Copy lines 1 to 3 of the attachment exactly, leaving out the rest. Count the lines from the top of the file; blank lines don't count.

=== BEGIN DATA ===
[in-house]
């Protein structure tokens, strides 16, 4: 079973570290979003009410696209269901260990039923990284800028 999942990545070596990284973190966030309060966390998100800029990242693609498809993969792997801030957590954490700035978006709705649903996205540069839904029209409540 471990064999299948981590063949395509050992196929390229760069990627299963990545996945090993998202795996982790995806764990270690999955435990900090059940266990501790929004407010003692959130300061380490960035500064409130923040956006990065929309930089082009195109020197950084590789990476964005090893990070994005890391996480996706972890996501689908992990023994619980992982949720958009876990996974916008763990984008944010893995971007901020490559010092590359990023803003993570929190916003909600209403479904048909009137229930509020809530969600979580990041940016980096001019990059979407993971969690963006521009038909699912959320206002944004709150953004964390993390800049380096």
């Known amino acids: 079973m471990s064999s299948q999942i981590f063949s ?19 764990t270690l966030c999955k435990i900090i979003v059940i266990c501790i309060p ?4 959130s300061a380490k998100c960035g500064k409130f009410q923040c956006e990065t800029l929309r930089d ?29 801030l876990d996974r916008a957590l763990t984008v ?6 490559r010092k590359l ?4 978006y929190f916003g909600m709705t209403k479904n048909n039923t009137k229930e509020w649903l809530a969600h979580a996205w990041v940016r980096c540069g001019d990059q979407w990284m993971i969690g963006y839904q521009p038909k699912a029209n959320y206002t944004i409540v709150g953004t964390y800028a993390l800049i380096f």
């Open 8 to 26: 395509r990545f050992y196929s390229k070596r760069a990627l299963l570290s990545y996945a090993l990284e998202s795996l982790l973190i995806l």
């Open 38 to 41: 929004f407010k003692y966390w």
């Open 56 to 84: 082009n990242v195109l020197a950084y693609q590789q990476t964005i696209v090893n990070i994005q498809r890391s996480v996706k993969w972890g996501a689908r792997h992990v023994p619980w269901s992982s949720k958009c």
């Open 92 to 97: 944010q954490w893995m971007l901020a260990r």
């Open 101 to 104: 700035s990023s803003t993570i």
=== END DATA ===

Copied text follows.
[in-house]
């Protein structure tokens, strides 16, 4: 079973570290979003009410696209269901260990039923990284800028 999942990545070596990284973190966030309060966390998100800029990242693609498809993969792997801030957590954490700035978006709705649903996205540069839904029209409540 471990064999299948981590063949395509050992196929390229760069990627299963990545996945090993998202795996982790995806764990270690999955435990900090059940266990501790929004407010003692959130300061380490960035500064409130923040956006990065929309930089082009195109020197950084590789990476964005090893990070994005890391996480996706972890996501689908992990023994619980992982949720958009876990996974916008763990984008944010893995971007901020490559010092590359990023803003993570929190916003909600209403479904048909009137229930509020809530969600979580990041940016980096001019990059979407993971969690963006521009038909699912959320206002944004709150953004964390993390800049380096």
């Known amino acids: 079973m471990s064999s299948q999942i981590f063949s ?19 764990t270690l966030c999955k435990i900090i979003v059940i266990c501790i309060p ?4 959130s300061a380490k998100c960035g500064k409130f009410q923040c956006e990065t800029l929309r930089d ?29 801030l876990d996974r916008a957590l763990t984008v ?6 490559r010092k590359l ?4 978006y929190f916003g909600m709705t209403k479904n048909n039923t009137k229930e509020w649903l809530a969600h979580a996205w990041v940016r980096c540069g001019d990059q979407w990284m993971i969690g963006y839904q521009p038909k699912a029209n959320y206002t944004i409540v709150g953004t964390y800028a993390l800049i380096f």